. . ... ....... . .. ...-.-.-........_.. 2 ~ hee- .~24-t-t-t-52-9-2:-sar-ae-t-t-aar-te:wee-126.96.36.199.:
2:4 . / ' l 140 2
100 i O
% i2 7... \
Fig. 180 Fig. 18d
US 6,812,619 B1 1
RESONATOR STRUCTURE AND A FILTER COMPRISING SUCH A RESONATOR
This application claims the bene?t of the earlier ?led International Application No. PCT/FI00/00591, Interna tional Filing Date, Jun. 29, 2000, Which designated the United States of America, and Which international applica tion Was published under PCT Article 21(2) in English as WO Publication No. WO 01/06647 A1.
BACKGROUND OF THE INVENTION
The invention relates in general to pieZoelectric resona tors and to ?lters having pieZoelectric resonators. In particular, the invention relates to a resonator structure, Which is quite simple to manufacture and has good electrical properties.
The development of mobile telecommunications contin ues toWards ever smaller and increasingly complicated handheld units. The development leads to increasing requirements on the miniaturiZation of the components and structures used in the mobile communication means. This development concerns radio frequency (RF) ?lter structures as Well, Which despite the increasing miniaturiZation should be able to Withstand considerable poWer levels, have very steep passband edges, and loW as losses.
The RF ?lters used in prior art mobile phones are often discrete surface acoustic Wave (SAW) ?lters or ceramic ?lters. Bulk acoustic Wave (BAW) resonators are not yet in Widespread use, partly due to the reason that feasible Ways of combining such resonators With other circuitry have not been presented. HoWever, BAW resonators have some advantages as compared to SAW resonators. For eXample, BAW structures have a better tolerance of high poWer levels.
It is knoWn to construct thin ?lm bulk acoustic Wave resonators on semiconductor Wafers, such as silicon (Si) or gallium arsenide (GaAs) Wafers. For eXample, in an article entitled Acoustic Bulk Wave Composite Resonators, Applied Physics Letters, Vol. 38, No. 3, pp. 125127, Feb. 1, 1981, by K. M. Lakin and J. S. Wang, an acoustic bulk Wave resonator is disclosed Which comprises a thin ?lm pieZoelectric layers of Zinc oXide (ZnO) sputtered over a thin membrane of silicon (Si). Further, in an article entitled An Air-Gap Type Piezoelectric Composite Thin Film Resonator, 15 Proc. 39th Annual Symp. Freq. Control, pp. 361366, 1985, by Hiroaki Satoh, Yasuo Ebata, Hitoshi Suzuki, and Choji Narahara, bulk acoustic Wave resonator having a bridge structure is disclosed.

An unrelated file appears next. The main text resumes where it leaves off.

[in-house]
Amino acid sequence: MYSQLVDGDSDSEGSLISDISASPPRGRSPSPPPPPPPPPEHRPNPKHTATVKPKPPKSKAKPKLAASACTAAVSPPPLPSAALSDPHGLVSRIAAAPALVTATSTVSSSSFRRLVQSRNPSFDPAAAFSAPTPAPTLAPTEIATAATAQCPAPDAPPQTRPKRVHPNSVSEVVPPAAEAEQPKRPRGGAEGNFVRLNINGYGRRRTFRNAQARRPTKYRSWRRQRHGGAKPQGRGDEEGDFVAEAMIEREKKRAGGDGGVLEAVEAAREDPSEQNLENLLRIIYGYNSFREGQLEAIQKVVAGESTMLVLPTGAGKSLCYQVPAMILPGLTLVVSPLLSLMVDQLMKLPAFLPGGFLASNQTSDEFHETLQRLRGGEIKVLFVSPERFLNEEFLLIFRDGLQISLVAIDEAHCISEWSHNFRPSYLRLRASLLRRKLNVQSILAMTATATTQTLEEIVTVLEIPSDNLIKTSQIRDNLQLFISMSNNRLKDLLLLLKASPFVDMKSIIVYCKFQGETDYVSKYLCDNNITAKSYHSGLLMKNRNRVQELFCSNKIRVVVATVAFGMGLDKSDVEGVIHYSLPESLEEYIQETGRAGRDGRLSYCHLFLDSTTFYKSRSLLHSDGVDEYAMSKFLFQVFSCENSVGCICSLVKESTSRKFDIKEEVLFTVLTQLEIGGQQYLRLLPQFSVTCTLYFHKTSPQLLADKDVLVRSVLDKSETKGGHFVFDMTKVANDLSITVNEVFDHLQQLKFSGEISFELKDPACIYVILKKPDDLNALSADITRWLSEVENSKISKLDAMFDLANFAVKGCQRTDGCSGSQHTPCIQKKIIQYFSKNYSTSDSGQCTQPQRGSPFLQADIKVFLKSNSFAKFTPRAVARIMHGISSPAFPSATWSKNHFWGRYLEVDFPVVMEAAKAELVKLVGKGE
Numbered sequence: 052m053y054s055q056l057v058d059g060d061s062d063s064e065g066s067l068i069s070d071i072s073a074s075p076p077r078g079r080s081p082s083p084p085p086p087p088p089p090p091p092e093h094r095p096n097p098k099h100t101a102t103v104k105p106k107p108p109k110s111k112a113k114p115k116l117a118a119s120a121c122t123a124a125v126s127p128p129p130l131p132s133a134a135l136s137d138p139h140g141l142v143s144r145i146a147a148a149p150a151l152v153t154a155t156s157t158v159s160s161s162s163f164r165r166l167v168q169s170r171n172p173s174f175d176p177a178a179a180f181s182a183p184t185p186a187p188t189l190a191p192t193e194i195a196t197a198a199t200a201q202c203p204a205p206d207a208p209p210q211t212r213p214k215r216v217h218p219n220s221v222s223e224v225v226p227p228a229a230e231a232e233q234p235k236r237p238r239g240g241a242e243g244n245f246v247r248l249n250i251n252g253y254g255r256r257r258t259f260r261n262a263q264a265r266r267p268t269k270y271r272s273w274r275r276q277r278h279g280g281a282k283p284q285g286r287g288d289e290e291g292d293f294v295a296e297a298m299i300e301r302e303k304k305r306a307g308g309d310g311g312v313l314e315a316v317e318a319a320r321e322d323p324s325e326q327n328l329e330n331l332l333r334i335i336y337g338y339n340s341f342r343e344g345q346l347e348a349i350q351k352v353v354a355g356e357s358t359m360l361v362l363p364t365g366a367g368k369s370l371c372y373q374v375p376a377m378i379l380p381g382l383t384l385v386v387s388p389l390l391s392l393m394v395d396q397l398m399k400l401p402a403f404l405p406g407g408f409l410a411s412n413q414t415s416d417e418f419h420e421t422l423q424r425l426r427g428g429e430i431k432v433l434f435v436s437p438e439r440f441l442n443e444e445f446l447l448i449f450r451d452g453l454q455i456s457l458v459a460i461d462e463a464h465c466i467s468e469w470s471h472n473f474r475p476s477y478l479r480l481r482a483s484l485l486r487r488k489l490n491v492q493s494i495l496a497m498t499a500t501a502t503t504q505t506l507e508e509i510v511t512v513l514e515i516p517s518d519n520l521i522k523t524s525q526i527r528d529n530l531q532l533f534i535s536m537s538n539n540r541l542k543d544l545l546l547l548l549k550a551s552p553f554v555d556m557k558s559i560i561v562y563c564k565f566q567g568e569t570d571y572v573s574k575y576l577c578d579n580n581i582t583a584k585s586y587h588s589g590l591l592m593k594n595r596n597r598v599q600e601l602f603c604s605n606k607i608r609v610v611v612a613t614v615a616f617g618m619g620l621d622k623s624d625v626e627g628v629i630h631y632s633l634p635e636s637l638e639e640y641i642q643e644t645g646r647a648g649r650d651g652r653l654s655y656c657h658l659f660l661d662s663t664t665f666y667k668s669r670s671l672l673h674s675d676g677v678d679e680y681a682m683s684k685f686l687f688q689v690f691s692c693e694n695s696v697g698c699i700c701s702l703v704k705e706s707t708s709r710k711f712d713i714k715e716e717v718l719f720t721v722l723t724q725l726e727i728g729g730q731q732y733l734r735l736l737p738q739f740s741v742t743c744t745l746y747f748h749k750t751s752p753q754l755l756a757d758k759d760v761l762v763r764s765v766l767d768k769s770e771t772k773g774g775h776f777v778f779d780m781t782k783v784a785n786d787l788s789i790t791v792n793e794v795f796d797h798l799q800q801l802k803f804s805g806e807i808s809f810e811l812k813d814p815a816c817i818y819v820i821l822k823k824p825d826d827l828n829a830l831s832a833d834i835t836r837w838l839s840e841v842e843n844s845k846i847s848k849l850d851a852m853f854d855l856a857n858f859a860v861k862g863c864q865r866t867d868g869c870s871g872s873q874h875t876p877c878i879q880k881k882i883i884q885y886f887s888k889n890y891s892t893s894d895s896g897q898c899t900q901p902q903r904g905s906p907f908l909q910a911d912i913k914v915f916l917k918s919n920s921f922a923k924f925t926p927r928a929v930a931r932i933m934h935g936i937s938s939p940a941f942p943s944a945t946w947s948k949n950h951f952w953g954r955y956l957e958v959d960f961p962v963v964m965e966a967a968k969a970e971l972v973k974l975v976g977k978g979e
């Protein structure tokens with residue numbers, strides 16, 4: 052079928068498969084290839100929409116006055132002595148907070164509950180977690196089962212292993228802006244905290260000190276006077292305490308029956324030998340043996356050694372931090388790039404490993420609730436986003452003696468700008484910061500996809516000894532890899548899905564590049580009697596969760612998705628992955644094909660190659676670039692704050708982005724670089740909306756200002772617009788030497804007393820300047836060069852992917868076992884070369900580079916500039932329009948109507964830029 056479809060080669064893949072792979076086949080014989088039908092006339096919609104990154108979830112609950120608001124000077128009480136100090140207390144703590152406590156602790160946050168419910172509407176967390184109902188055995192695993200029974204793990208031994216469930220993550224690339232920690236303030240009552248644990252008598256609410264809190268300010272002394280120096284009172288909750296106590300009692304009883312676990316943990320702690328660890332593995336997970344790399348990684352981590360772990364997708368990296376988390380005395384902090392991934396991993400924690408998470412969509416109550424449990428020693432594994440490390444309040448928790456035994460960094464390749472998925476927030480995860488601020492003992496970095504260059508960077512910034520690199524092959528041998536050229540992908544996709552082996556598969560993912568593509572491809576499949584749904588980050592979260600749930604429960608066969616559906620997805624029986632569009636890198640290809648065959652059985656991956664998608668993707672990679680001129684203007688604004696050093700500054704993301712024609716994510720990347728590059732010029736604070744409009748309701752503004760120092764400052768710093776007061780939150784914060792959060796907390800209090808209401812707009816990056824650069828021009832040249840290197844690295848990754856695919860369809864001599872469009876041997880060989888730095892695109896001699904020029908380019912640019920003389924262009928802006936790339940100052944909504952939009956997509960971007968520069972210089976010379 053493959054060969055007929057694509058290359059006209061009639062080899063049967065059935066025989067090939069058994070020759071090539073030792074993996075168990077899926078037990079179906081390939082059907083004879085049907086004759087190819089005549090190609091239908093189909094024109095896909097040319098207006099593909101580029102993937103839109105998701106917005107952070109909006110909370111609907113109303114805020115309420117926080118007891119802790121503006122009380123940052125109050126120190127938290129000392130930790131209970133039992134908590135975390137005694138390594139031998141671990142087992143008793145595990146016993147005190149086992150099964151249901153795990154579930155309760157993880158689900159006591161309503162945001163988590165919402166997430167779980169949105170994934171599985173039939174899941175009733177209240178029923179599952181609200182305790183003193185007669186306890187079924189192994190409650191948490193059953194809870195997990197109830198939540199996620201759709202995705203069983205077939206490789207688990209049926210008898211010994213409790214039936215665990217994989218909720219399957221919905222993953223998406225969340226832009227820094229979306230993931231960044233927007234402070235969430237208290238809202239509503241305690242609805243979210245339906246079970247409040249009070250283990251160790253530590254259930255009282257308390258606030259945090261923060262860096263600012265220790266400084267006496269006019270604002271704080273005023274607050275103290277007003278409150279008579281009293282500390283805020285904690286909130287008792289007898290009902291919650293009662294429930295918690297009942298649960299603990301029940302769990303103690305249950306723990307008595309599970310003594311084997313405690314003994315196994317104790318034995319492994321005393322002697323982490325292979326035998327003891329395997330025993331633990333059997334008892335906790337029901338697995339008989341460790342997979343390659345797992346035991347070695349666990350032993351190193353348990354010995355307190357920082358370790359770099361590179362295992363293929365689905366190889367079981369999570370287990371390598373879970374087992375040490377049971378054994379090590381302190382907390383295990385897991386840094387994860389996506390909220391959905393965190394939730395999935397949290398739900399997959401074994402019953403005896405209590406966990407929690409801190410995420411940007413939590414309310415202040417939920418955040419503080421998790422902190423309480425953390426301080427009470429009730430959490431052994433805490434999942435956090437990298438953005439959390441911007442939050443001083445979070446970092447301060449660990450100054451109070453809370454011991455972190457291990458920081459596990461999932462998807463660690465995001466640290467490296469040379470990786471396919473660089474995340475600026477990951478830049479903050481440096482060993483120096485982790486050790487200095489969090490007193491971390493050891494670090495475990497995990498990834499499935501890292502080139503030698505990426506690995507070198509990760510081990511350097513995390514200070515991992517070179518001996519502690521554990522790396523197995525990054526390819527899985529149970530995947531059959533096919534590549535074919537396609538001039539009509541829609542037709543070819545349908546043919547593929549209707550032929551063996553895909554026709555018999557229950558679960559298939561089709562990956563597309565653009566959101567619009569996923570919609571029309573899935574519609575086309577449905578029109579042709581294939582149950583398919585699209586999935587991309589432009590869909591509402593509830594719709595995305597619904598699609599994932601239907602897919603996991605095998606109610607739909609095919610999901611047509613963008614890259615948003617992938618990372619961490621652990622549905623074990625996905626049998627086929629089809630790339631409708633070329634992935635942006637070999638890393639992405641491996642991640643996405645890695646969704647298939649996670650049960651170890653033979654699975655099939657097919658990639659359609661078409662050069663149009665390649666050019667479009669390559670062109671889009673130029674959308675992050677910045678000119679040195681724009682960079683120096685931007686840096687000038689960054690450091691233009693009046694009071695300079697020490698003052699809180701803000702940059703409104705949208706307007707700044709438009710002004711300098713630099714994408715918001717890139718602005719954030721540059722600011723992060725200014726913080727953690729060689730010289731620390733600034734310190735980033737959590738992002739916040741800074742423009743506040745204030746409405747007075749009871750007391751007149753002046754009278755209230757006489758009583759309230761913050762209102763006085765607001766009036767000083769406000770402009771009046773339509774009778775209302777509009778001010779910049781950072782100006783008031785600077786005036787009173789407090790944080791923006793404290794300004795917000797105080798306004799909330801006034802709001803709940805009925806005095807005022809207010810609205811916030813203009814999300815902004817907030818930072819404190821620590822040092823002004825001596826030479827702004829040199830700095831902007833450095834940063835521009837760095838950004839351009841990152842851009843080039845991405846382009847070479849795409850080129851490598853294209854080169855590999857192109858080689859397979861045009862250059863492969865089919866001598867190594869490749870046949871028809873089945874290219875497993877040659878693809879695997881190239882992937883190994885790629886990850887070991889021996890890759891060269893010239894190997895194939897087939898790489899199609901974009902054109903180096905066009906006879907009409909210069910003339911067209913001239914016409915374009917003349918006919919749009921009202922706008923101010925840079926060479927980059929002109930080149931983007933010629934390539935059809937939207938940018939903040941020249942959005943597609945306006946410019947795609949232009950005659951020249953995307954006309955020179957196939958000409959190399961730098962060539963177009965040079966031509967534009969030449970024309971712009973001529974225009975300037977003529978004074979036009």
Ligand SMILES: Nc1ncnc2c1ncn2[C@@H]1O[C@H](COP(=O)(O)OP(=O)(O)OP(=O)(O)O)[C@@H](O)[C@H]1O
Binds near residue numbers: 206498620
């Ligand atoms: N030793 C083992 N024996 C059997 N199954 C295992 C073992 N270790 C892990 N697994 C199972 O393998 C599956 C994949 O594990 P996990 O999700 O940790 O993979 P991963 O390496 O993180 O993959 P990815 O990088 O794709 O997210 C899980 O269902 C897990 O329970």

FIG. 1 shoWs one eXample of a bulk acoustic Wave resonator having a bridge structure. The structure comprises a membrane 130 deposited on a substrate 200. The resonator further comprises a bottom electrode 110 on the membrane, a pieZoelectric layer 100, and a top electrode 120. Agap 210 is created betWeen the membrane and the substrate by etching aWay some of the substrate from the top side. The gap serves as an acoustic isolator, essentially isolating the vibrating resonator structure from the substrate.
In the folloWing, certain types of BAW resonators are described ?rst.
Bulk acoustic Wave resonators are typically fabricated on
silicon (Si), gallium arsenide (GaAs), glass, or ceramic substrates. One further ceramic substrate type used is alu mina. The BAW devices are typically manufactured using various thin ?lm manufacturing techniques, such as for eXample sputter vacuum evaporation or chemical vapor deposition BAW devices utiliZe a pieZoelectric thin ?lm
2 layer for generating the acoustic bulk Waves. The resonance frequencies of typical BAW devices range from 0.5 GHZ to 5 GHZ, depending on the siZe and materials of the device. BAW resonators exhibit the typical series and parallel reso nances of crystal resonators. The resonance frequencies are determined mainly by the material of the resonator and the dimensions of the layers of the resonator. A typical BAW resonator consists of three basic elements: an acoustically active pieZoelectric layer, electrodes on opposite sides of the pieZoelectric layer, and acoustical isolation from the substrate. The pieZoelectric layer may be for eXample, ZnO, AlN,
ZnS or any other pieZoelectric material that can be fabri cated as a thin ?lms as a further eXample, also ferroelectric ceramics can be used as the pieZoelectric material. For eXample, PbTiO3 and Pb(ZxTi1_x)O3 and other members of the so called lead lanthanum Zirconate titanate family can be used.
The material used to form the electrode laye